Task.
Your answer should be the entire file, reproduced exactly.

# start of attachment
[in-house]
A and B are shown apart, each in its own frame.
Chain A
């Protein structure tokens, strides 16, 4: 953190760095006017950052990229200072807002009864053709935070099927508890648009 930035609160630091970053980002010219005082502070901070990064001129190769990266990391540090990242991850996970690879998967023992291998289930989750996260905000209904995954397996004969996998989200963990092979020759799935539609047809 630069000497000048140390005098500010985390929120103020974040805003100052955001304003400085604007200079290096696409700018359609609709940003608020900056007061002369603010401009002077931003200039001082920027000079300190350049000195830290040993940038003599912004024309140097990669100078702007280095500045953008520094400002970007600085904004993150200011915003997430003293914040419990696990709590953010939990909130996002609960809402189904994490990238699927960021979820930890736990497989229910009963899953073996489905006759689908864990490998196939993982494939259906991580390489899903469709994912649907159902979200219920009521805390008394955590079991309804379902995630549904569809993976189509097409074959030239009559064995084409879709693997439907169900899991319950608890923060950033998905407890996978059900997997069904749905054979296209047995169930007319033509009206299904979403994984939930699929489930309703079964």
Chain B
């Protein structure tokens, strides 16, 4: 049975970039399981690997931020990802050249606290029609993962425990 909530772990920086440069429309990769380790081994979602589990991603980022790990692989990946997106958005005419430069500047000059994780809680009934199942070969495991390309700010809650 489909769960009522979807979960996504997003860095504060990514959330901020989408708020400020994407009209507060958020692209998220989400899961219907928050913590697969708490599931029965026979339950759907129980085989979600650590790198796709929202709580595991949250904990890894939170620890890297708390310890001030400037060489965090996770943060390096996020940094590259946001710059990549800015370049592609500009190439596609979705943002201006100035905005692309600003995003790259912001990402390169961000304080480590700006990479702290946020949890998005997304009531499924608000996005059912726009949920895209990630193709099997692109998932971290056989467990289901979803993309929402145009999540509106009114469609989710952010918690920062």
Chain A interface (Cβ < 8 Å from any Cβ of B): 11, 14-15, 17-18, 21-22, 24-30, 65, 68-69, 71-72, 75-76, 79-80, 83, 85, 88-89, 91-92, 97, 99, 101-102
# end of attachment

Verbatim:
[in-house]
A and B are shown apart, each in its own frame.
Chain A
């Protein structure tokens, strides 16, 4: 953190760095006017950052990229200072807002009864053709935070099927508890648009 930035609160630091970053980002010219005082502070901070990064001129190769990266990391540090990242991850996970690879998967023992291998289930989750996260905000209904995954397996004969996998989200963990092979020759799935539609047809 630069000497000048140390005098500010985390929120103020974040805003100052955001304003400085604007200079290096696409700018359609609709940003608020900056007061002369603010401009002077931003200039001082920027000079300190350049000195830290040993940038003599912004024309140097990669100078702007280095500045953008520094400002970007600085904004993150200011915003997430003293914040419990696990709590953010939990909130996002609960809402189904994490990238699927960021979820930890736990497989229910009963899953073996489905006759689908864990490998196939993982494939259906991580390489899903469709994912649907159902979200219920009521805390008394955590079991309804379902995630549904569809993976189509097409074959030239009559064995084409879709693997439907169900899991319950608890923060950033998905407890996978059900997997069904749905054979296209047995169930007319033509009206299904979403994984939930699929489930309703079964």
Chain B
């Protein structure tokens, strides 16, 4: 049975970039399981690997931020990802050249606290029609993962425990 909530772990920086440069429309990769380790081994979602589990991603980022790990692989990946997106958005005419430069500047000059994780809680009934199942070969495991390309700010809650 489909769960009522979807979960996504997003860095504060990514959330901020989408708020400020994407009209507060958020692209998220989400899961219907928050913590697969708490599931029965026979339950759907129980085989979600650590790198796709929202709580595991949250904990890894939170620890890297708390310890001030400037060489965090996770943060390096996020940094590259946001710059990549800015370049592609500009190439596609979705943002201006100035905005692309600003995003790259912001990402390169961000304080480590700006990479702290946020949890998005997304009531499924608000996005059912726009949920895209990630193709099997692109998932971290056989467990289901979803993309929402145009999540509106009114469609989710952010918690920062």
Chain A interface (Cβ < 8 Å from any Cβ of B): 11, 14-15, 17-18, 21-22, 24-30, 65, 68-69, 71-72, 75-76, 79-80, 83, 85, 88-89, 91-92, 97, 99, 101-102